What are the benefits of the e-Series’ built-in force torque sensors?
This enables force torque applications and easier teaching of the robots. We’re showing a polishing application using the same polishing tool a human would hold. You can just add your manual tool to the robot now. Another demo shows a gripper moving down until it feels a small resistance, and then it opens and grips a part. With built-in force torque sensors, there’s no need for an external sensor to find out when you have contact. That’s all built into the robot.
Were there new features UR couldn’t work into the e-Series that further enable ease-of-use?
Yes, but I can’t say what. We are, of course, aware of the growing competition that’s coming. We want to stay ahead. We have the lead now, and we want to keep it that way even though the market is growing.
— The Robot Report (@therobotreport) June 19, 2018
Describe the moment you realized robots were too difficult to use?
We had a project going on with the [Ministry of Environment and Food of Denmark] that asked our university group to figure out how to get more robots into the Danish food industry.
We found two specific companies and tried to get them to use robots to automate their production lines. One company had to reconfigure a production line roughly every month to make a new kind of food. We tried to teach them to re-program a traditional robot and it simply wasn’t possible for them to learn that.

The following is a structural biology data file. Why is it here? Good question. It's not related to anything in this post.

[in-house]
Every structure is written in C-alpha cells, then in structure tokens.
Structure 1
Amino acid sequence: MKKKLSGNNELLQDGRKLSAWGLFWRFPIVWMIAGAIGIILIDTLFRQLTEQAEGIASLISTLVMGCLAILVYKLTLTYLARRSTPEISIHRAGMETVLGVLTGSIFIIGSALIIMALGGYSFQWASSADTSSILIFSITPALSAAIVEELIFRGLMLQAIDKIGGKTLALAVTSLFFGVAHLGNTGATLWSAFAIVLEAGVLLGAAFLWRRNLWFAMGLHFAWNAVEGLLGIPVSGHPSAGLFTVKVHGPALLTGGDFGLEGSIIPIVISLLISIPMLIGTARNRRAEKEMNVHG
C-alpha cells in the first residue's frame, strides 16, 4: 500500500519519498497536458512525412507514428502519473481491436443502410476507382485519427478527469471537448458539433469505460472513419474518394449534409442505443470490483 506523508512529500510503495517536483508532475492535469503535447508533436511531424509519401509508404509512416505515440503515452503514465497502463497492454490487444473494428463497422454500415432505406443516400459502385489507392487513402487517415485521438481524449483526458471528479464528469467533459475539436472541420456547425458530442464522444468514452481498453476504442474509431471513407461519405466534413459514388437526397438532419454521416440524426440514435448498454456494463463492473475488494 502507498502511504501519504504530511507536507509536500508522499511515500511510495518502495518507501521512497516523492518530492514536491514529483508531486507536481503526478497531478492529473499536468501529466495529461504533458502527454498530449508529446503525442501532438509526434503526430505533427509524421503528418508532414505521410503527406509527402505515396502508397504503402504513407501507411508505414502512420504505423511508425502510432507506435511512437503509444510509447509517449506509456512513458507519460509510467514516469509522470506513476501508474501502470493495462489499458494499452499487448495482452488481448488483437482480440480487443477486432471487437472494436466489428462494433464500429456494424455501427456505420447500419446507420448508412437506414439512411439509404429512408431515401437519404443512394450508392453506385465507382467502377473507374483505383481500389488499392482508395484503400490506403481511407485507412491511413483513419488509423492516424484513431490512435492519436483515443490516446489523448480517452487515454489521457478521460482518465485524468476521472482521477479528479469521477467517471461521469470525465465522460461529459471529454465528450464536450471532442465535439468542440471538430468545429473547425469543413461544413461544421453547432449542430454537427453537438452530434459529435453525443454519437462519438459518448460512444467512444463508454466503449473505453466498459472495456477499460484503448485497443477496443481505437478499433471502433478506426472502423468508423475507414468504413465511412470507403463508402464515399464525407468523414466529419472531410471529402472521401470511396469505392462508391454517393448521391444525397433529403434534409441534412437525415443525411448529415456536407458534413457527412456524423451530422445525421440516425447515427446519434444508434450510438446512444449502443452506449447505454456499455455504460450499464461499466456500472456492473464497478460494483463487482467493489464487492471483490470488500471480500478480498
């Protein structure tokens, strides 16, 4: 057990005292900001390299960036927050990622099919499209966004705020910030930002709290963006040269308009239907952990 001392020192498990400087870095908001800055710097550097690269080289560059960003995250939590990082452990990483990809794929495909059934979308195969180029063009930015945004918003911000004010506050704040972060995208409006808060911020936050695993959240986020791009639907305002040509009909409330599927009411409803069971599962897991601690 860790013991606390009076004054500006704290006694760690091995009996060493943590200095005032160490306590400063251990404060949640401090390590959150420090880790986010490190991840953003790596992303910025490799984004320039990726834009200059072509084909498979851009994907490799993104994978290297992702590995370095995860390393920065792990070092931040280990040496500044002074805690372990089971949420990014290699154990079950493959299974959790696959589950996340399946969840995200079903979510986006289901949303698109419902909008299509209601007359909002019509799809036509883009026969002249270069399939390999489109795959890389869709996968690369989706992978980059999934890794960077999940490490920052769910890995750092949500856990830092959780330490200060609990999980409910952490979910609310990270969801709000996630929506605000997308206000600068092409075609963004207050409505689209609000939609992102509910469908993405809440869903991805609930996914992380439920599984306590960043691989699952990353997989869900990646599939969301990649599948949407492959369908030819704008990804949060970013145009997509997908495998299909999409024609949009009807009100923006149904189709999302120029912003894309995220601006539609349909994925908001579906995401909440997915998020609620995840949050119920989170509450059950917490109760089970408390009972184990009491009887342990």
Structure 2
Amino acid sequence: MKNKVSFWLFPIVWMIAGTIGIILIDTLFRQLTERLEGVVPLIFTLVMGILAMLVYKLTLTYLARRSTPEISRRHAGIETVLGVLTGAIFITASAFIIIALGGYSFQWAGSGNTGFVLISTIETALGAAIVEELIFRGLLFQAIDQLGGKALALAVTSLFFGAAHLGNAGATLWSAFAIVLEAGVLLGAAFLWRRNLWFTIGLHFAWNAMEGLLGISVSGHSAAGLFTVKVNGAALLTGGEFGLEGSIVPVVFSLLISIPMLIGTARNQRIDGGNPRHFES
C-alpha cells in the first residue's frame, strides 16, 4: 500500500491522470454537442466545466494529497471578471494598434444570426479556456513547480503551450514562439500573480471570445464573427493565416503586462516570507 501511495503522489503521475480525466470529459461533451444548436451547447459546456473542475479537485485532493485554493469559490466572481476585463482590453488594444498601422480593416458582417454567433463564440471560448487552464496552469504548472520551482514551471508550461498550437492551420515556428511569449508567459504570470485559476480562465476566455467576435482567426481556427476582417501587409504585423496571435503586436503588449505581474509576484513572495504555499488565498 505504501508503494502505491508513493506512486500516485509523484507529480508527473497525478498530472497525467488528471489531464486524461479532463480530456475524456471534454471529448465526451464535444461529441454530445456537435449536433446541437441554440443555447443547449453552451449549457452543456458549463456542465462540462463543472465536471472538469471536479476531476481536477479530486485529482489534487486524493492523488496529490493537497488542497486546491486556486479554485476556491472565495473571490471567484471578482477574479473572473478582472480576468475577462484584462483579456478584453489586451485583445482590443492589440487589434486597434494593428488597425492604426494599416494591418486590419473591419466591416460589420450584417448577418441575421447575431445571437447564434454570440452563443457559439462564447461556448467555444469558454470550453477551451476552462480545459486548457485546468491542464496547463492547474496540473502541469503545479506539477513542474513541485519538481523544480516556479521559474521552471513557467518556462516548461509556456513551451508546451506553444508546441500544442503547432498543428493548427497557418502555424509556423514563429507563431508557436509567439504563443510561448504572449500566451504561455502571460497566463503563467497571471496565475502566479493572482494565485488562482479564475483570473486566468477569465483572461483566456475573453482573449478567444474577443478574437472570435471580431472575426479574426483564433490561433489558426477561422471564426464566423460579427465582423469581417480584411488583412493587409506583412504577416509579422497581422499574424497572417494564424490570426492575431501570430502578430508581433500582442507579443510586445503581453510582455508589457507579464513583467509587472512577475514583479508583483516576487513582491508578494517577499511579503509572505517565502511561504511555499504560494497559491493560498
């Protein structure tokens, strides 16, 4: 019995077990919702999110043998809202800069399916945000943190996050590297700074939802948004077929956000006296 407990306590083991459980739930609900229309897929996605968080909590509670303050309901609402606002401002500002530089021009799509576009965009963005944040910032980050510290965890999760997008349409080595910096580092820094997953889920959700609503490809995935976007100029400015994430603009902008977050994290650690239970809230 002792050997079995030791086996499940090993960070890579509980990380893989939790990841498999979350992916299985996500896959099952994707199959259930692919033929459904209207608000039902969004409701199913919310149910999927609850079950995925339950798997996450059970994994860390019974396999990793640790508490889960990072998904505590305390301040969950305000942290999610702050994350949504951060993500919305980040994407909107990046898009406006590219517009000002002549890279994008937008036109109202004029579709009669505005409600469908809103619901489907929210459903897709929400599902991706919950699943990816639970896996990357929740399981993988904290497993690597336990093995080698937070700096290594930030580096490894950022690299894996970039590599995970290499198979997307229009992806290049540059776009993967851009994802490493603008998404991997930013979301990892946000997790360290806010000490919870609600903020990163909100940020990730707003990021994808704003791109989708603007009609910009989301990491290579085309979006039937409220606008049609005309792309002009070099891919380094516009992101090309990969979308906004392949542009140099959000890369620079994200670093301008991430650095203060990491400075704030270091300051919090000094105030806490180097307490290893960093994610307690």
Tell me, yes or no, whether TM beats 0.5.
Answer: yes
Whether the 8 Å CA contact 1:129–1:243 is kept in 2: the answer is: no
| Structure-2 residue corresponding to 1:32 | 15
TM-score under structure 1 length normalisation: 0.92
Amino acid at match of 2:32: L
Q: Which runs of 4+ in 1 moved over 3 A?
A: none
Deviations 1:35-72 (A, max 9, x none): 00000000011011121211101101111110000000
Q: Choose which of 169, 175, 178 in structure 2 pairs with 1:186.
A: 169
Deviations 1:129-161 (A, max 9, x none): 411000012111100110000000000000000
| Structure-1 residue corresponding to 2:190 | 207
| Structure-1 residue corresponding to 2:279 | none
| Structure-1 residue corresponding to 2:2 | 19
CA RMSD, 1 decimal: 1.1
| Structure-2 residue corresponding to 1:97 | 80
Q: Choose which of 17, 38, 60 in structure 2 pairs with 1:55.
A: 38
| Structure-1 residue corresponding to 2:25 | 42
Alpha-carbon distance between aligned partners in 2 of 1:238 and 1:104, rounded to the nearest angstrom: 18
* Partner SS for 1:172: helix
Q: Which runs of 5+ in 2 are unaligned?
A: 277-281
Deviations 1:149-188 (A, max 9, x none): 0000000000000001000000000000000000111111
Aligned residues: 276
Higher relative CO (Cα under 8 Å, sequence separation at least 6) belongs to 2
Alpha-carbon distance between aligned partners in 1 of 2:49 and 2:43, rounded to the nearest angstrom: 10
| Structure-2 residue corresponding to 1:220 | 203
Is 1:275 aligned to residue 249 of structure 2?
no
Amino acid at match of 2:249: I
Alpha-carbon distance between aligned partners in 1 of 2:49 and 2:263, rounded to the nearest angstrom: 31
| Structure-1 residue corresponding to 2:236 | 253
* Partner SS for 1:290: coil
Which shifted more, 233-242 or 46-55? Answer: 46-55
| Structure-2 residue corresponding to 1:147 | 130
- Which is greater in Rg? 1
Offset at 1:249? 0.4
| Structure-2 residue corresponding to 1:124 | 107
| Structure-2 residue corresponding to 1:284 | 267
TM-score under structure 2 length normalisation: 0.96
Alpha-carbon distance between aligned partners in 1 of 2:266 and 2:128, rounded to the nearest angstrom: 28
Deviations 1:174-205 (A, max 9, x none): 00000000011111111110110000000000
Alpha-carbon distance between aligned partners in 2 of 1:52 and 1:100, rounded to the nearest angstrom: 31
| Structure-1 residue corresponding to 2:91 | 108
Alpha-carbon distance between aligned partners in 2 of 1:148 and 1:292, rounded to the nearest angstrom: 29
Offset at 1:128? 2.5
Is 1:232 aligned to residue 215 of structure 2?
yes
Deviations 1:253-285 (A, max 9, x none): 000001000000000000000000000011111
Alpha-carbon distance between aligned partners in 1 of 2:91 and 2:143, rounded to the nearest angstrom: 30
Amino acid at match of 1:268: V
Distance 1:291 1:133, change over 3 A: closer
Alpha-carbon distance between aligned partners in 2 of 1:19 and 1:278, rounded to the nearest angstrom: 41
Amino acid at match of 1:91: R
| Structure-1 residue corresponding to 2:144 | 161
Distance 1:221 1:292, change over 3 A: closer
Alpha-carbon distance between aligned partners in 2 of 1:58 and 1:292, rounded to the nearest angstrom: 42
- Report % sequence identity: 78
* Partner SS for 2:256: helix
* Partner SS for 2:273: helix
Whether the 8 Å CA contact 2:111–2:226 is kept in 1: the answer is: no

Robots were too big and heavy to move around. And the companies couldn’t hire robot programmers because there wasn’t enough work for them. They’d get bored or find other things to do. It wasn’t a good business case to hire robot programmers. On the other hand, it was also annoying to have to call someone every time a small change had to be made on the robot. That’s when we started thinking about making a robot that was easier to program and move around for different applications.
Has the UR+ program turned into a profit source?
No, it’s a dating service for us. We provide a contact between problems and solutions, but we don’t get involved in the actual business. The UR+ program allows more people to automate. The problems people around the world needed to solve with our arms were repeated over and over again. That’s why we made the UR+ program – to get the partners to leverage each other’s solutions. If something is already developed once, why not try to build it into a product you can sell, and avoid reinventing the wheel.
We had these small university-type startup companies that had great technology solutions to problems, but they didn’t have the sales capacity or global reach. The UR+ ecosystem accelerates adoption of new technology for automation. The more technology you can package and make accessible to non-experts, the more you can start harvesting the benefit of automation.